What is dumbfounding here the authors seem not to see, or are affecting not to. The far more likely confusion Cavell's statement generates is that we ordinarily think a movie *differs* from reality in *a host* of ways. They pretend Cavell's most startling claim -- that there is no difference between a movie and reality besides time -- is, literally, unremarkable. But, if I stand up in front of the projector's beam don't I see my own head in silhouette?


Either Rothman and Keane have been reading Cavell too long, or they are struggling here to preserve an illusion of naturalness about Cavell's words. It is the loss of a similar illusion which Cavell confesses to having been a source of his own promptings to write about cinema. But readers would have been better served by a less faithful imitation of their model. Cavell's claim is a startling one. Acknowledging it would have done more to advance our understanding than pretending to its transparency, which leaves the reader, again, to discover it. Rothman and Keane could themselves have pointed out that when you *stand up in front* of a projector beam you are no longer watching a movie -- but interrupting one. The spell of the illusion is broken.


In fairness, Rothman and Keane always alert the reader. Their insights are sharp, and they are close, if closed, readers. Where Cavell's other works are cited their allusion most often seems apposite and of a length that allows some hope of comprehension. But the authors are much too concerned with preserving, even weaving, his spell.


Proceeding less by explication than by quotation, restatement, and self-referral, the book tends to apotheosize, rather than open Cavell's mysteries. (For example: his seemingly arbitrary choice of categories from Baudelaire's _The Painter Of Modern Life_ applied to stars and types; or his stretching photographic 'automatism' to account for genres -- though here they work manfully and shed greatest light on Cavell's over-all position.)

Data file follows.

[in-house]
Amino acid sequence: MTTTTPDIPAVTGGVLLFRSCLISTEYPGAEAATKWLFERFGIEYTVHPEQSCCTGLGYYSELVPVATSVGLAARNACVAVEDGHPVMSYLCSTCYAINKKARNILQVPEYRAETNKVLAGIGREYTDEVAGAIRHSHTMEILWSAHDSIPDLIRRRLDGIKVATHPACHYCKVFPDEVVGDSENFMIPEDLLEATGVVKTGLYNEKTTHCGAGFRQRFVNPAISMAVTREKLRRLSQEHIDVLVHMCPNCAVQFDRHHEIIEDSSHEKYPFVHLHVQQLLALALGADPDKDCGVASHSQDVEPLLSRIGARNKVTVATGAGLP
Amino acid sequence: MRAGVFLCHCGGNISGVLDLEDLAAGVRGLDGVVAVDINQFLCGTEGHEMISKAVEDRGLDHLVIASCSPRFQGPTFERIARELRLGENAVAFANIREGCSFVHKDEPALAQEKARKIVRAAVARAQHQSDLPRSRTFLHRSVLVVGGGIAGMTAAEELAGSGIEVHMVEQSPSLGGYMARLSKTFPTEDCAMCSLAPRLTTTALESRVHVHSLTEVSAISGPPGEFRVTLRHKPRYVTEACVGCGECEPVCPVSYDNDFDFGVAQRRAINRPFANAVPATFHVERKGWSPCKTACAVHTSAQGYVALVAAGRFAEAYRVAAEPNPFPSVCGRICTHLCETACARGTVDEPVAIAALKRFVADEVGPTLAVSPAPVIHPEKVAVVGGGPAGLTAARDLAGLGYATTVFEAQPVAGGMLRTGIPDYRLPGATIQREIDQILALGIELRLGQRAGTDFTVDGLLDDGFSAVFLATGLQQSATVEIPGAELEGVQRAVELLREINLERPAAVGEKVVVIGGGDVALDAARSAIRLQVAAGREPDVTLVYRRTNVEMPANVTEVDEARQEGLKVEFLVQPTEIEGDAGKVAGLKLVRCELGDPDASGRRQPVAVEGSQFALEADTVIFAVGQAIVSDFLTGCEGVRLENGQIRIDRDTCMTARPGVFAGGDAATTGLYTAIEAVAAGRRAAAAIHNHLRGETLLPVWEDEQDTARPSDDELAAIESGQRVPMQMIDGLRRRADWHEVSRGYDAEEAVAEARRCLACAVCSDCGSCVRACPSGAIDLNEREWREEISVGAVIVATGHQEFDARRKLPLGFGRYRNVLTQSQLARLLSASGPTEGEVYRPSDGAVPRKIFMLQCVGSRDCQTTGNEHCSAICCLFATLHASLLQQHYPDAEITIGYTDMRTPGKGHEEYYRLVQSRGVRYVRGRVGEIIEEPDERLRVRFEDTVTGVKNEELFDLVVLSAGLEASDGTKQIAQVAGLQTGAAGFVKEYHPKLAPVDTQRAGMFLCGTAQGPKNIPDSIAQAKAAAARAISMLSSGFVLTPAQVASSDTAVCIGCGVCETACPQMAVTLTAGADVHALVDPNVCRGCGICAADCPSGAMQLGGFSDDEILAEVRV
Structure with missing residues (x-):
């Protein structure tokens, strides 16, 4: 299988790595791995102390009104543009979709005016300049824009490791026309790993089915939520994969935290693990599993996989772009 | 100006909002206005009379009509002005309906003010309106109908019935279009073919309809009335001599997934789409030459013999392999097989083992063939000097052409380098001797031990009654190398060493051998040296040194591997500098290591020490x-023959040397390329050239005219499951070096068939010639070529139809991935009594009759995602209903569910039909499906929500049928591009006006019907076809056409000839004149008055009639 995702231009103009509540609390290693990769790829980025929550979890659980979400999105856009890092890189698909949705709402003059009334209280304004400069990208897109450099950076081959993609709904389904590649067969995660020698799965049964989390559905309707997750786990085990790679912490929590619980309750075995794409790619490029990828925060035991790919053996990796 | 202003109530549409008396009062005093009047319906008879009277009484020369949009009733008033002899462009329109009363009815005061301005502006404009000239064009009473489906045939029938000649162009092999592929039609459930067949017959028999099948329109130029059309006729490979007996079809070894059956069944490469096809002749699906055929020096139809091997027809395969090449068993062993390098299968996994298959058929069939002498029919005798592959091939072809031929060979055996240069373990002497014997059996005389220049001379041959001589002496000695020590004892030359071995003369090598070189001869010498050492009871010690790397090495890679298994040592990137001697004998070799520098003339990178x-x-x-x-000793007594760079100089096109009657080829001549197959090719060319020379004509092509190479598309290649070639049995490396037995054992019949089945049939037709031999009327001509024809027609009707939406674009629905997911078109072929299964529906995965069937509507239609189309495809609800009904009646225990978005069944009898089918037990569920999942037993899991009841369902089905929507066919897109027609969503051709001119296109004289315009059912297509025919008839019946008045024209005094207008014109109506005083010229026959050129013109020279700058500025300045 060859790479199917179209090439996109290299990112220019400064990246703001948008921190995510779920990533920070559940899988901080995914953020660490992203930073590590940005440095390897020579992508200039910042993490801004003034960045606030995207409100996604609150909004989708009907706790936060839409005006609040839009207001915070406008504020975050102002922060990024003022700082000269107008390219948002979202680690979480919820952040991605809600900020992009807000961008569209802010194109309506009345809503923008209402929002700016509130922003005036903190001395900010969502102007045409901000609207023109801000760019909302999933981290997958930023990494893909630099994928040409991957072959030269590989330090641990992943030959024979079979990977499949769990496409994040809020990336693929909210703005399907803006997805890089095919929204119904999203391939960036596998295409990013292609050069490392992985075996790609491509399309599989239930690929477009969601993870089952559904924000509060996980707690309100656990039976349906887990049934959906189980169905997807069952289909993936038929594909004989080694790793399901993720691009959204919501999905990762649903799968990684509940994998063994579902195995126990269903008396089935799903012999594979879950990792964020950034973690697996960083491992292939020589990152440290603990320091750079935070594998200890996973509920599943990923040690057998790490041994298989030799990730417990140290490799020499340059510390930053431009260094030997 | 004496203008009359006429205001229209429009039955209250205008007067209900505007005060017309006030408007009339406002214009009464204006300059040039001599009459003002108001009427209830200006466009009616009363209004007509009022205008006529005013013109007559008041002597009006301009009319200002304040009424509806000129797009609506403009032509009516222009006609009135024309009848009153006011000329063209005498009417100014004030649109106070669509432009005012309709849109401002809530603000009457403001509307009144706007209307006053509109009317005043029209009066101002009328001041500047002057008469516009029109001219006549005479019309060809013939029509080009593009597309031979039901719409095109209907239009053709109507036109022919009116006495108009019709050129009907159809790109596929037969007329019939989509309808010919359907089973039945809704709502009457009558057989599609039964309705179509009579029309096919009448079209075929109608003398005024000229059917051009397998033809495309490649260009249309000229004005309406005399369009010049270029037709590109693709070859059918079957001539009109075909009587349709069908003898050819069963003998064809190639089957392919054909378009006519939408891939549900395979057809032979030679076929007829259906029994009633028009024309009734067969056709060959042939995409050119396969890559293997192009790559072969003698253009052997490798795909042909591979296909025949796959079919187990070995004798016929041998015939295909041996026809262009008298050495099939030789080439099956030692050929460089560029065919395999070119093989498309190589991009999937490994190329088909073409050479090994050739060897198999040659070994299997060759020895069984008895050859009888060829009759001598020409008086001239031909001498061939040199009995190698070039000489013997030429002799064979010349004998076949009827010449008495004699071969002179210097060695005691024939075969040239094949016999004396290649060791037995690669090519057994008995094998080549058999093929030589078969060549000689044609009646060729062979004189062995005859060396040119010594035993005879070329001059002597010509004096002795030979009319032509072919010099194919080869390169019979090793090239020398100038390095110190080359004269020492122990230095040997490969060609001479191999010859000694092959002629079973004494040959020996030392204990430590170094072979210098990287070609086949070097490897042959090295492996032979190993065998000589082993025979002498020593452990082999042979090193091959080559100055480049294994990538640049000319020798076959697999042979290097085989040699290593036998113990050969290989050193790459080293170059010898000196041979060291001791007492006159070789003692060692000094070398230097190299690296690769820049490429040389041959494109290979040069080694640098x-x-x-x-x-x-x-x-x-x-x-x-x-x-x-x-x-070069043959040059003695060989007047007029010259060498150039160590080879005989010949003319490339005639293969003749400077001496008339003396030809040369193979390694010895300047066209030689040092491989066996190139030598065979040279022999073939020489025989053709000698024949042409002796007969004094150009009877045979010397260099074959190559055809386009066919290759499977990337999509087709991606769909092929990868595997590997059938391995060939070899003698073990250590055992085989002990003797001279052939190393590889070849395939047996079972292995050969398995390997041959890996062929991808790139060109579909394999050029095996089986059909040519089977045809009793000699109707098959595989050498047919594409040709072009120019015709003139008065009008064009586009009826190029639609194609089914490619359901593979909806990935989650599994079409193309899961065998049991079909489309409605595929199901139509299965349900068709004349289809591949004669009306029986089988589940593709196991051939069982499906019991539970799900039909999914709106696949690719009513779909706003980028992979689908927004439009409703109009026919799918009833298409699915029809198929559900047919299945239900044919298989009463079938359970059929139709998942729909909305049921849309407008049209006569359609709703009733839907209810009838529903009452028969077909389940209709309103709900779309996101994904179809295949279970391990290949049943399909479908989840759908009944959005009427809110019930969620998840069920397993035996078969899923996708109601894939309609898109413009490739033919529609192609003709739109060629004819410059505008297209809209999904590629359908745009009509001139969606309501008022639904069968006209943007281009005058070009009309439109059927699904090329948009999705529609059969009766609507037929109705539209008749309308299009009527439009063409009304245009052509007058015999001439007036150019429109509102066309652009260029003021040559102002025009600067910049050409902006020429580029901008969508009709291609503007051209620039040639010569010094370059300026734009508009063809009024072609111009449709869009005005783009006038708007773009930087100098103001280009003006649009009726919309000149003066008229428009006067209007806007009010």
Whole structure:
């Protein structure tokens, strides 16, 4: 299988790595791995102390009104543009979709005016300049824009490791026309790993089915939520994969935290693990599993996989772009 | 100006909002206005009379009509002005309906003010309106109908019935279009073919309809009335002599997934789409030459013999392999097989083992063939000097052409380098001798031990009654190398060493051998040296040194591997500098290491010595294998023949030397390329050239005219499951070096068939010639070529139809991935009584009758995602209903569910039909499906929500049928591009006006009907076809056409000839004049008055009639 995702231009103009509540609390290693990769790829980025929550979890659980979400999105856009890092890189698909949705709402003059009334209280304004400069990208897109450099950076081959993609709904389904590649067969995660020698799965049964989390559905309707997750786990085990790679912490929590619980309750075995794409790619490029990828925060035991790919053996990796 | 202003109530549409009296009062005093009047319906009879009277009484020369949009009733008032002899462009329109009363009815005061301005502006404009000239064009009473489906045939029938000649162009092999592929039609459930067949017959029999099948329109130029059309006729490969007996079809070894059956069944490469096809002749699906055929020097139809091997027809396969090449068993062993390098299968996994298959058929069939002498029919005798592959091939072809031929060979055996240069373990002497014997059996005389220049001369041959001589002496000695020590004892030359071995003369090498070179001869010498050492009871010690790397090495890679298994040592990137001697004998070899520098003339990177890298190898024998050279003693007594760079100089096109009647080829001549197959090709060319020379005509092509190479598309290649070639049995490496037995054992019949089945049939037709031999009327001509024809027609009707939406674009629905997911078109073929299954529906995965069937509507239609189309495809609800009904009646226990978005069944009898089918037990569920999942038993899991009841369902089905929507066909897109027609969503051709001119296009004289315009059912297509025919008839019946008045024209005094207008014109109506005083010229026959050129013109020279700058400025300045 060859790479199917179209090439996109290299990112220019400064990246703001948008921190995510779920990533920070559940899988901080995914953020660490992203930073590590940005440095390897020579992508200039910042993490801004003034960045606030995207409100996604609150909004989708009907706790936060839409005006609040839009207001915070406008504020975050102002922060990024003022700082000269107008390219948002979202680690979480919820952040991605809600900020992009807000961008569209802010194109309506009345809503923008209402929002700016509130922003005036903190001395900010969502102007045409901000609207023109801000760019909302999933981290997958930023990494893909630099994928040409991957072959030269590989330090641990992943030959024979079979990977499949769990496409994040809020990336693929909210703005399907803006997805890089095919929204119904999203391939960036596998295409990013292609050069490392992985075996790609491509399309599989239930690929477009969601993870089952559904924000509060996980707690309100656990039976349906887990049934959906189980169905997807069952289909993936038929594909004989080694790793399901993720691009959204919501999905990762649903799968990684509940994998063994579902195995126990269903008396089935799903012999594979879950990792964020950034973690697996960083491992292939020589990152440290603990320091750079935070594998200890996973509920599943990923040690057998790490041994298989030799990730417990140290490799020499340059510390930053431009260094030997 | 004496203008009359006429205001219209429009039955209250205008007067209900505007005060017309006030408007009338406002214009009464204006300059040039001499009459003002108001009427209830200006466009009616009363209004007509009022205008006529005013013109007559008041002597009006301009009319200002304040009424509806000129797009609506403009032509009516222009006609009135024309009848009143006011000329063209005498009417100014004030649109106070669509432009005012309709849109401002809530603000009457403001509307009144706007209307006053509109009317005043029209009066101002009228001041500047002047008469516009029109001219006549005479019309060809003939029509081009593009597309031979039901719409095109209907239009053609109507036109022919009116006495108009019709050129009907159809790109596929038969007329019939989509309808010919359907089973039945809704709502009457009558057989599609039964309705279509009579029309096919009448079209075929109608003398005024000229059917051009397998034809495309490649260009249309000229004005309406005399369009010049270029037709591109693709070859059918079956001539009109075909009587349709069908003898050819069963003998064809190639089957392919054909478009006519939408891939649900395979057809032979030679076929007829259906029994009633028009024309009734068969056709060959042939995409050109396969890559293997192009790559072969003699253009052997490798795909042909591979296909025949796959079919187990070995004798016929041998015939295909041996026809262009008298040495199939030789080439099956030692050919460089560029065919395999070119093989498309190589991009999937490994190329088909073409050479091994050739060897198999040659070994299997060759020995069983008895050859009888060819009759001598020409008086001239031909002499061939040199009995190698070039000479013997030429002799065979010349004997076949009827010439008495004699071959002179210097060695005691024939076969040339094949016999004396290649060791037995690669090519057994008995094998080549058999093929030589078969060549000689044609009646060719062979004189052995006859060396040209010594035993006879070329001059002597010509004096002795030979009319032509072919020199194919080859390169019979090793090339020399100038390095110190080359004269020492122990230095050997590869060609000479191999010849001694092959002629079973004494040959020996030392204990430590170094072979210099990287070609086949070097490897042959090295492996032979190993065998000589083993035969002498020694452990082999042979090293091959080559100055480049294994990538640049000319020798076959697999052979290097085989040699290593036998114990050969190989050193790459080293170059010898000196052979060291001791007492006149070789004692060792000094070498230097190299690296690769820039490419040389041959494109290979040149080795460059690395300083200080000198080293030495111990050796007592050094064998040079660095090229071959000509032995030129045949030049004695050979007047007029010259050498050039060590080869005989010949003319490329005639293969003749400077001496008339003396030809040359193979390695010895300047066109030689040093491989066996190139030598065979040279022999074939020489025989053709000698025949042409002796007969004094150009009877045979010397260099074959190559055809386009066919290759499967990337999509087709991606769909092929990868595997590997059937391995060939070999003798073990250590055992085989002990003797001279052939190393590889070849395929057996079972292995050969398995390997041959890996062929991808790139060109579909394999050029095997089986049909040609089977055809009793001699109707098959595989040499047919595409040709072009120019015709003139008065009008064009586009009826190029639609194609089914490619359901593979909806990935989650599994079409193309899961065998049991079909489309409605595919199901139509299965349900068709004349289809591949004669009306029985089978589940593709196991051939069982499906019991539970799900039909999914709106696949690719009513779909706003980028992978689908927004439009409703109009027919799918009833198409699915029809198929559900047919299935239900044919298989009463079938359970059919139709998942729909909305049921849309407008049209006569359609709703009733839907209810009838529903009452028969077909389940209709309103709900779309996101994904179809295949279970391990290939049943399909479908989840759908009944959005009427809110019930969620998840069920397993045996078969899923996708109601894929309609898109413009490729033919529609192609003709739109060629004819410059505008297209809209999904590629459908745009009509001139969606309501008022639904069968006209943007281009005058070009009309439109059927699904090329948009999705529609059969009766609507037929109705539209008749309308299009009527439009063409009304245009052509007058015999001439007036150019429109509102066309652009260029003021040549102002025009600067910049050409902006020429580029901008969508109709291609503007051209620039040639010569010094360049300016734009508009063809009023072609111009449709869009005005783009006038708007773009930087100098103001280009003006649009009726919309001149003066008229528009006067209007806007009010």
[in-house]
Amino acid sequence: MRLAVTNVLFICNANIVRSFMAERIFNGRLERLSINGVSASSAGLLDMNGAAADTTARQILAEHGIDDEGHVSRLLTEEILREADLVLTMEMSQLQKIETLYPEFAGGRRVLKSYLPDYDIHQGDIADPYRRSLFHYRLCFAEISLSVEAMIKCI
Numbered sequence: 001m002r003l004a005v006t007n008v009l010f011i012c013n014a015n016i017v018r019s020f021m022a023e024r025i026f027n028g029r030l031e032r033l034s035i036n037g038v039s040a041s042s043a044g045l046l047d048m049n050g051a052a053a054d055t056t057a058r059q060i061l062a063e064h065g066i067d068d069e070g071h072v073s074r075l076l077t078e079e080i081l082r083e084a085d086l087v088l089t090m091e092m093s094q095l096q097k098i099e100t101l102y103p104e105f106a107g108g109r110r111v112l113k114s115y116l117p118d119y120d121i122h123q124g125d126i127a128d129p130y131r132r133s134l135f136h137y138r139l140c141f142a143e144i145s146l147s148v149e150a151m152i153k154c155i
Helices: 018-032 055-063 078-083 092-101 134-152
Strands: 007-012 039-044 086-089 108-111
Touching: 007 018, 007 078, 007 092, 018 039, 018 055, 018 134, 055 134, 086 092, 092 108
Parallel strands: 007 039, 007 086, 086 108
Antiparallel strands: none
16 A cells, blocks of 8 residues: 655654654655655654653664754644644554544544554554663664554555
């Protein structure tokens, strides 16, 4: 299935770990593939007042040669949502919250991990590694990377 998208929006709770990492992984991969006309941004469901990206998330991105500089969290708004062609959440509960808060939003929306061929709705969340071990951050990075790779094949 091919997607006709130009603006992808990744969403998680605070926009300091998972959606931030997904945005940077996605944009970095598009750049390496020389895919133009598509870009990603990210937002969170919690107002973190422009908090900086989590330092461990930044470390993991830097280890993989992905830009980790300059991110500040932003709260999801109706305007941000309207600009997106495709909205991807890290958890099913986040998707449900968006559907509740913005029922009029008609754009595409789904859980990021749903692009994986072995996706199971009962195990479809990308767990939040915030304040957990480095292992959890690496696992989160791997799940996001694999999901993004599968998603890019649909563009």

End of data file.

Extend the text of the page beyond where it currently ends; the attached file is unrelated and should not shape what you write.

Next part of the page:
If _The World Viewed_ attempts to show that movies provide a world complete without me, that is present to me, it does so in hope of bringing the reader along to realize its fullest statement, that, as the authors quote Cavell: 'A world complete without me which is present to me is the world of my immortality. This is an importance of film -- and a danger. It takes my life as my haunting of the world . . .' (254) [11]


Perhaps a book that hopes to present so breathtaking a view, that so deftly invites the reader to occupy the exact same space as its author, to assume his language as well as his vision, is doomed to hermetic enshrinement, to be available only to those who initiate themselves by way of its difficulties. Cavell may deserve this, but the audience for _Reading Cavell's The World Viewed_ will in the main be his disciples. Those who turn to it in frustration, looking for a way in to _The World Viewed_, will remain so.


Santa Monica, California, USA





1. Stanley Cavell, _The World Viewed_, Enlarged Edition (Cambridge, Massachusetts: Harvard University Press, 1979), p. 162.


2. Ludwig Wittgenstein, _Remarks on Frazer's Golden Bough_, trans. A. C. Miles, ed. Rush Rhees (Atlantic Highlands, New Jersey: Humanities Press, 1979), p. 2.


3. Cavell, _The World Viewed_, p. 162.


4. Alexander Sesonske, Review of _The World Viewed_, _Georgia Review_, vol. 28, 1974, p. 561.


5. Cavell, _The World Viewed_, p. 182.


6. Ibid., p. 183.


7. Ibid., p. 184.


8. Ibid., p. xix.


9. Ludwig Wittgenstein, _The Blue and Brown Books_ (New York: Harper and Row, 1960), p. 18.


10. Cavell, _The World Viewed_, p. 24.


11. Ibid., p. 160.



Copyright © _Film-Philosophy_ 2002


Craig Tepper, 'The Cavell Cavil', _Film-Philosophy_, vol. 6 no. 12, June 2002 <>.


Also see:

Willam Rothman, 'Response to Tepper', _Film-Philosophy_, vol. 6 no. 13, June 2002 <>.